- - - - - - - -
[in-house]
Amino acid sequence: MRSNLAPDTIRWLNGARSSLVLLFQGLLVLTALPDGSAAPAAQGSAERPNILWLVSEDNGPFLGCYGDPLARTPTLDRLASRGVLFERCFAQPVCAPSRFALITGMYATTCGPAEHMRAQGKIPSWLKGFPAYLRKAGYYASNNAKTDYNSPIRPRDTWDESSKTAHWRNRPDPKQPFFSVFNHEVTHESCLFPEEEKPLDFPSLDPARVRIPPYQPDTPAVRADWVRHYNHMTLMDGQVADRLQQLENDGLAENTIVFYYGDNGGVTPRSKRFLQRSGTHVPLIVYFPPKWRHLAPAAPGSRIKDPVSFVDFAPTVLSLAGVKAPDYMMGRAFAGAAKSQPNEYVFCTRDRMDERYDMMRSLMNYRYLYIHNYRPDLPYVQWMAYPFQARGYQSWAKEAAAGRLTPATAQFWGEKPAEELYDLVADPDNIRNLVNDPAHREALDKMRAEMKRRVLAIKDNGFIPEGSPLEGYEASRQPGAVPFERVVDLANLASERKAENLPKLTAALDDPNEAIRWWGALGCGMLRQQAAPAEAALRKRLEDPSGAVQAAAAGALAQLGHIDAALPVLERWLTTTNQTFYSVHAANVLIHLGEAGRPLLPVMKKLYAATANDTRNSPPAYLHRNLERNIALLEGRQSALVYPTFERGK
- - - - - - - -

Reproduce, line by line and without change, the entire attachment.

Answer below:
[in-house]
Amino acid sequence: MRSNLAPDTIRWLNGARSSLVLLFQGLLVLTALPDGSAAPAAQGSAERPNILWLVSEDNGPFLGCYGDPLARTPTLDRLASRGVLFERCFAQPVCAPSRFALITGMYATTCGPAEHMRAQGKIPSWLKGFPAYLRKAGYYASNNAKTDYNSPIRPRDTWDESSKTAHWRNRPDPKQPFFSVFNHEVTHESCLFPEEEKPLDFPSLDPARVRIPPYQPDTPAVRADWVRHYNHMTLMDGQVADRLQQLENDGLAENTIVFYYGDNGGVTPRSKRFLQRSGTHVPLIVYFPPKWRHLAPAAPGSRIKDPVSFVDFAPTVLSLAGVKAPDYMMGRAFAGAAKSQPNEYVFCTRDRMDERYDMMRSLMNYRYLYIHNYRPDLPYVQWMAYPFQARGYQSWAKEAAAGRLTPATAQFWGEKPAEELYDLVADPDNIRNLVNDPAHREALDKMRAEMKRRVLAIKDNGFIPEGSPLEGYEASRQPGAVPFERVVDLANLASERKAENLPKLTAALDDPNEAIRWWGALGCGMLRQQAAPAEAALRKRLEDPSGAVQAAAAGALAQLGHIDAALPVLERWLTTTNQTFYSVHAANVLIHLGEAGRPLLPVMKKLYAATANDTRNSPPAYLHRNLERNIALLEGRQSALVYPTFERGK